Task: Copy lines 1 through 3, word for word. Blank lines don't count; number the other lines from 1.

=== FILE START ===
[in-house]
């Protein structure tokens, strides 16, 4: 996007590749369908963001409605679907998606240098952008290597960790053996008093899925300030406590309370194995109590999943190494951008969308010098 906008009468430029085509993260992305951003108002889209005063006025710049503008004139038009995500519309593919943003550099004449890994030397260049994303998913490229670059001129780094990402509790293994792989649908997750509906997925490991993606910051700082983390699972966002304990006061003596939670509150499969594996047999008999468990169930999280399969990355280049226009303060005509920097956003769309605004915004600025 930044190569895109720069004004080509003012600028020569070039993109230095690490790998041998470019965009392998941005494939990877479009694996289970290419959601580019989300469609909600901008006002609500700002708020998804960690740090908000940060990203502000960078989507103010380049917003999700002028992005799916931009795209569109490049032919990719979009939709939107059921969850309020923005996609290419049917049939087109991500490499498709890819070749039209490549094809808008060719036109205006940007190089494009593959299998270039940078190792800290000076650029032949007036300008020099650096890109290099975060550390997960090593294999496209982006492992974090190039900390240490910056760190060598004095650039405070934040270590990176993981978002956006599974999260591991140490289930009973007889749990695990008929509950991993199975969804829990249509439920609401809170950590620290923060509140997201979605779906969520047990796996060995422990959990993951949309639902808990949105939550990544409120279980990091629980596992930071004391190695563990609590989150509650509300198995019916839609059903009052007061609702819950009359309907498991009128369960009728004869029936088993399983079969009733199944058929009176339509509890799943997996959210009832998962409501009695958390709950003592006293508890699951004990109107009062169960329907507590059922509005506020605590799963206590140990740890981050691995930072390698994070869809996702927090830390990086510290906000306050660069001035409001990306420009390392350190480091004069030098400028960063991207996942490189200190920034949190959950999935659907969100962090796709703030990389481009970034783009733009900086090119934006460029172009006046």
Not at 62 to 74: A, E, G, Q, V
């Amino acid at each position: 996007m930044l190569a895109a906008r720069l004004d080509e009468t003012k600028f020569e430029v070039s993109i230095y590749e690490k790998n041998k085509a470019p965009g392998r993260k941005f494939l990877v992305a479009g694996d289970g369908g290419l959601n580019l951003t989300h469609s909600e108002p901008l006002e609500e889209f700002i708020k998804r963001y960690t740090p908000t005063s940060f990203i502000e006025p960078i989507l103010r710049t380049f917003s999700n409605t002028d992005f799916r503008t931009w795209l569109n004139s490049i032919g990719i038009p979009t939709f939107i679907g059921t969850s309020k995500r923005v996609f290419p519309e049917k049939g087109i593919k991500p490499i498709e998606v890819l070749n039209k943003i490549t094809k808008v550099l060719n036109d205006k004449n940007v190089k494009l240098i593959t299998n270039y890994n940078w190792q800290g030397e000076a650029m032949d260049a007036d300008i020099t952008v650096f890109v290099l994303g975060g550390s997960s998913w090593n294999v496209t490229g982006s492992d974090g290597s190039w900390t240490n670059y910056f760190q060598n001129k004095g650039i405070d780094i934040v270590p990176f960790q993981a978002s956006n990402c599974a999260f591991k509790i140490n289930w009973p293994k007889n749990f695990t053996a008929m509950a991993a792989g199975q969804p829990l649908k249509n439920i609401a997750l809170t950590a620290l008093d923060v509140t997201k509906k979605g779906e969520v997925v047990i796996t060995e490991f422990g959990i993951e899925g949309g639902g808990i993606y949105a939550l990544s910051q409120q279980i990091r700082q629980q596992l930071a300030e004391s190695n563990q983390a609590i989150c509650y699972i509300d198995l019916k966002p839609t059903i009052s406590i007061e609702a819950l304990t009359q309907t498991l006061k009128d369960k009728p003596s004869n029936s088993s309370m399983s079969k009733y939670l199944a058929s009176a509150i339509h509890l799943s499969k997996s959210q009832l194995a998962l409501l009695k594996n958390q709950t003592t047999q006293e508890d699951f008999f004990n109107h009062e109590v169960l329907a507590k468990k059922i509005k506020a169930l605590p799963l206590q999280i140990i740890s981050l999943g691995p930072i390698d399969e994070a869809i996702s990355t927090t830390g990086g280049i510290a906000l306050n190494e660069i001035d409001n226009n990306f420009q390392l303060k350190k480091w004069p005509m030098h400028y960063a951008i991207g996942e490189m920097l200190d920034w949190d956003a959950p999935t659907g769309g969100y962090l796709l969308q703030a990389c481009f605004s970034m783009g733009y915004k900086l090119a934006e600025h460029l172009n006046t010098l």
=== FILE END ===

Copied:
[in-house]
């Protein structure tokens, strides 16, 4: 996007590749369908963001409605679907998606240098952008290597960790053996008093899925300030406590309370194995109590999943190494951008969308010098 906008009468430029085509993260992305951003108002889209005063006025710049503008004139038009995500519309593919943003550099004449890994030397260049994303998913490229670059001129780094990402509790293994792989649908997750509906997925490991993606910051700082983390699972966002304990006061003596939670509150499969594996047999008999468990169930999280399969990355280049226009303060005509920097956003769309605004915004600025 930044190569895109720069004004080509003012600028020569070039993109230095690490790998041998470019965009392998941005494939990877479009694996289970290419959601580019989300469609909600901008006002609500700002708020998804960690740090908000940060990203502000960078989507103010380049917003999700002028992005799916931009795209569109490049032919990719979009939709939107059921969850309020923005996609290419049917049939087109991500490499498709890819070749039209490549094809808008060719036109205006940007190089494009593959299998270039940078190792800290000076650029032949007036300008020099650096890109290099975060550390997960090593294999496209982006492992974090190039900390240490910056760190060598004095650039405070934040270590990176993981978002956006599974999260591991140490289930009973007889749990695990008929509950991993199975969804829990249509439920609401809170950590620290923060509140997201979605779906969520047990796996060995422990959990993951949309639902808990949105939550990544409120279980990091629980596992930071004391190695563990609590989150509650509300198995019916839609059903009052007061609702819950009359309907498991009128369960009728004869029936088993399983079969009733199944058929009176339509509890799943997996959210009832998962409501009695958390709950003592006293508890699951004990109107009062169960329907507590059922509005506020605590799963206590140990740890981050691995930072390698994070869809996702927090830390990086510290906000306050660069001035409001990306420009390392350190480091004069030098400028960063991207996942490189200190920034949190959950999935659907969100962090796709703030990389481009970034783009733009900086090119934006460029172009006046």
Not at 62 to 74: A, E, G, Q, V